Whitewash fears over probe into council ‘cover-up’ culture

A woman who reported the actions of a senior Edinburgh social work manager who died while awaiting trial on historical sexual assault charges, has said she will give evidence to a new independent inquiry into the culture of Edinburgh City Council.

Thursday, 8th October 2020, 7:00 am
Edinburgh Council is at the centre of an inquiry into its culture
Edinburgh Council is at the centre of an inquiry into its culture

The 44-year-old at the centre of the criminal case brought against Sean Bell, who was found dead in August – a month after he had been charged – said she had raised her concerns about him three times since 1998, yet “nothing was ever done”.

However she, and a former colleague of Mr Bell who blew the whistle on his behaviour in 2012, have said they fear the inquiry could be a whitewash, with no-one ultimately held responsible.

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The council has agreed two independent investigations should be carried out, firstly into the administration’s actions over Mr Bell and secondly, a wider inquiry into the current and past culture of the council. It is now in the process of appointing an independent chair and writing the remit, both of which will have to be agreed by all political group leaders.

The inquiries were triggered by the death of the senior Children & Families officer Sean Bell, although the local authority has been beset by scandals as a result of officials’ actions and inactions in the last decade or more. A senior social work manager, Andy Jeffries, believed to be Mr Bell's boss, has already been suspended as a "precautionary measure” while the inquiry is held.

The woman who alleged sexual assault by Mr Bell, whose body was found on the Radical Road at Edinburgh’s Salisbury Crags, said: “I will be happy to speak to the inquiry but I still think the council is hoping this will all just go away and people will go back to work and it will all be forgotten about.

“I've been trying to warn them about Sean Bell since 1998 and no-one would listen to me. I told three separate social workers on three occasions, who told me they had passed it on, but nothing was done until the last time this year. The council actually went to the police with what I’d said and that's when the criminal case started.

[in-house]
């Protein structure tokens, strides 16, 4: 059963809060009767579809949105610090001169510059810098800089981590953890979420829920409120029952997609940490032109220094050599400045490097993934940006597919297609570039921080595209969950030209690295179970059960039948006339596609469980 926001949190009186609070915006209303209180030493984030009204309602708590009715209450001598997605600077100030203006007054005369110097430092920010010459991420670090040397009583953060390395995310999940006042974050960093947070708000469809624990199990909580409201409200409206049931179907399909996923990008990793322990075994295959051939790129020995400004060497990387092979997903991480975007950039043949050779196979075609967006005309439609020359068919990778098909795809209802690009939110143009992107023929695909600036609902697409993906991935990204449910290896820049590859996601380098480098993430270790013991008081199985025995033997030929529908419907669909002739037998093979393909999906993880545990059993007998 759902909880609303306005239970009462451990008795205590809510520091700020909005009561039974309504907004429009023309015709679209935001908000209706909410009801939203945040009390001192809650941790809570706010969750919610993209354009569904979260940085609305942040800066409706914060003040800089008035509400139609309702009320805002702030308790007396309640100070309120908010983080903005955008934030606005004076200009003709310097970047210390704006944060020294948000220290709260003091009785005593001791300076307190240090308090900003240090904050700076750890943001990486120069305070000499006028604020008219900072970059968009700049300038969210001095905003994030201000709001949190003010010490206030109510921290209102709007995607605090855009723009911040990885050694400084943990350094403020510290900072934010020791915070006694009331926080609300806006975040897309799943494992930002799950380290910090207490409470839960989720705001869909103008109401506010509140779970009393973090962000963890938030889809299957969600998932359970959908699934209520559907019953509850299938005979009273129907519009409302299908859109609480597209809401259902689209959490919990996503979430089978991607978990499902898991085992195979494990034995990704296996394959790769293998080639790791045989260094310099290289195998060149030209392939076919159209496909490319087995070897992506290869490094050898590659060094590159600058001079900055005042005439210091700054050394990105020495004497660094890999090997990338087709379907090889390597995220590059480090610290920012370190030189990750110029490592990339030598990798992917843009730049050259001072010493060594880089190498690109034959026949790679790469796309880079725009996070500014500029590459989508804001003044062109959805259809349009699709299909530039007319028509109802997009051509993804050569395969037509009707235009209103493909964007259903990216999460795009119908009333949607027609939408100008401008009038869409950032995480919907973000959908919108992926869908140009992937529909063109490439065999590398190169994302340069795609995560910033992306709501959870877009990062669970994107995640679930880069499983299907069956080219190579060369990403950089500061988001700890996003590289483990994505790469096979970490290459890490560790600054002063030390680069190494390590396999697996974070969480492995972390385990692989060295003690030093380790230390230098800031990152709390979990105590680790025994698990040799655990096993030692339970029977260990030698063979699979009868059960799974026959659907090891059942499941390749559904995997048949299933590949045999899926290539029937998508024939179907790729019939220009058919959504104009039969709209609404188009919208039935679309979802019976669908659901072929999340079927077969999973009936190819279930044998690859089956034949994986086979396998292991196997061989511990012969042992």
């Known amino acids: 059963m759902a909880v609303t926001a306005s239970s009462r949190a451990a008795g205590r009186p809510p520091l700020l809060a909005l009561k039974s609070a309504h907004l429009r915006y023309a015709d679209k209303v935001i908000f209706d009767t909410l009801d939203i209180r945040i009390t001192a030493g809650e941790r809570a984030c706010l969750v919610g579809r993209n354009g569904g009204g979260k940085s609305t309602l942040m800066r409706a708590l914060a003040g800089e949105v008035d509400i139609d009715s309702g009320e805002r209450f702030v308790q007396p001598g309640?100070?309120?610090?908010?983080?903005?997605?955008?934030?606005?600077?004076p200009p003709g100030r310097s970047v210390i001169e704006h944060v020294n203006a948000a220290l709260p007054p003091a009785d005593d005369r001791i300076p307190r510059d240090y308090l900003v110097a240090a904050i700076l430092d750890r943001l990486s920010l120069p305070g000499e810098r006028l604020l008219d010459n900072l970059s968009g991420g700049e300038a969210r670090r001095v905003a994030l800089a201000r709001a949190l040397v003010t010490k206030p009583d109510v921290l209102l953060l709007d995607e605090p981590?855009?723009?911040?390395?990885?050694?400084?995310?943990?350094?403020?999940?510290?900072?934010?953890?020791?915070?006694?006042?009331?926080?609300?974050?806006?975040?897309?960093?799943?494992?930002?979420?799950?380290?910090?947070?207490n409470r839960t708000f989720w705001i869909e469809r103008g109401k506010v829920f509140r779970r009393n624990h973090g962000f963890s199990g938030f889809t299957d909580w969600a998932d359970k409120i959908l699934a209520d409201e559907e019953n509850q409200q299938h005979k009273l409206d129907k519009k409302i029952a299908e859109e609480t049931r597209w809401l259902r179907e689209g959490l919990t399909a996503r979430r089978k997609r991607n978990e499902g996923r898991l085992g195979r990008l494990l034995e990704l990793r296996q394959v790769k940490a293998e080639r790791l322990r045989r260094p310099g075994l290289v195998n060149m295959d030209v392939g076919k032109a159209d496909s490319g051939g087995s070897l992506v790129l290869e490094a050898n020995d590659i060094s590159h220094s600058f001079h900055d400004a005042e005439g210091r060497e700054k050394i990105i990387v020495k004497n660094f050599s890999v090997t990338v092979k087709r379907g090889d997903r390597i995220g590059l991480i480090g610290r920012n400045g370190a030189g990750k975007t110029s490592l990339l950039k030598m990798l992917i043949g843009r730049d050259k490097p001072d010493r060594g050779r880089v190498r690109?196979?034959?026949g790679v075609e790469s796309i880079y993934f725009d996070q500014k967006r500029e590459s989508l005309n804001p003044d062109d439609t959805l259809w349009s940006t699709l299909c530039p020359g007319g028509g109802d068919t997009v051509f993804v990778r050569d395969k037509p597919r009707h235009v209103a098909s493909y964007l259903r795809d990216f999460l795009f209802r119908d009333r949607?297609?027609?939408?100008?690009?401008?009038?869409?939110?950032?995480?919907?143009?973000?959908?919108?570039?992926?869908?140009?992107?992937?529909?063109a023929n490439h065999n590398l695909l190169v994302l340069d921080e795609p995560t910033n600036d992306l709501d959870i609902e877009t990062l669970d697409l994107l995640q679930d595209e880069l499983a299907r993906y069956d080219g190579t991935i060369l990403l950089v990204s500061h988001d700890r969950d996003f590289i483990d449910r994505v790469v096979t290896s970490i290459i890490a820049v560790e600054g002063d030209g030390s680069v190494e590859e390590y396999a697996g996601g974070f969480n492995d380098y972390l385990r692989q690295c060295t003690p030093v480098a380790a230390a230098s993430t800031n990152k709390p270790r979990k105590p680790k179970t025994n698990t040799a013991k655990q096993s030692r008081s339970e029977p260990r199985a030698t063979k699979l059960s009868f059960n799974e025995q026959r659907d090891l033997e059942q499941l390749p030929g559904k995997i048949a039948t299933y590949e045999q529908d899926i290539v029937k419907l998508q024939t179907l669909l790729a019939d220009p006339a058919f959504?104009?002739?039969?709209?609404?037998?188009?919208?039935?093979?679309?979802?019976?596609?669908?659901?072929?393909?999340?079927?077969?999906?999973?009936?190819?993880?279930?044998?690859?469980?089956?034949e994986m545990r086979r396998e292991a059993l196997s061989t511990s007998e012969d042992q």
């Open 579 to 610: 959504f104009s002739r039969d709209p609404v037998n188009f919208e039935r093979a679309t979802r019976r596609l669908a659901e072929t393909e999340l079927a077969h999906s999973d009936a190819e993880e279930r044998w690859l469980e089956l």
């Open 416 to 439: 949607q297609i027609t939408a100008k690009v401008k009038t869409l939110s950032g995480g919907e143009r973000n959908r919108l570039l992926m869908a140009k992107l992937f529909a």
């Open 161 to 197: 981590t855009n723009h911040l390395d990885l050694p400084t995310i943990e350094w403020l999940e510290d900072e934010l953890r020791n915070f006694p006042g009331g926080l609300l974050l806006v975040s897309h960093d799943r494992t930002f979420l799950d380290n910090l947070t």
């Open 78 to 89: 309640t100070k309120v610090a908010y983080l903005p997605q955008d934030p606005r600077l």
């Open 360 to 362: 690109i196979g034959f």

A former colleague of both Mr Bell said he felt "vindicated" that an inquiry was to be held.

He claims that as a result of his grievance against Mr Bell, funding was pulled from his department which helped vulnerable immigrant women and children and it was ultimately wound up. He was also contacted by the police as a result of the criminal case.

"If the police not become involved this would have been buried indefinitely and the sad irony is that my interviews with the police was the first time I felt these matters were being taken seriously."

He added: "I feel that others could, and definitely should have been spared anguish if the council had conducted the investigation impartially and transparently at this time and previously.”

Edinburgh Council has stressed that when the historical allegations were made against Mr Bell earlier this year, it acted immediately by taking them to the police.

Council chief executive Andrew Kerr has told councillors an independent chair for the inquiry should be appointed next week and the terms of reference for would be agreed by group leaders.

He added: “This matter will take some time to conclude. It is likely even that the first part may take as long as six months to come to some conclusion. How long both matters take to conclude will depend on who comes forward and matters we find as part of the investigations.

"However, I believe with a credible and independent chair and an experienced investigation team that we will come to some clear conclusions that will allow the council to act appropriately in dealing with those matters both now and going forward."

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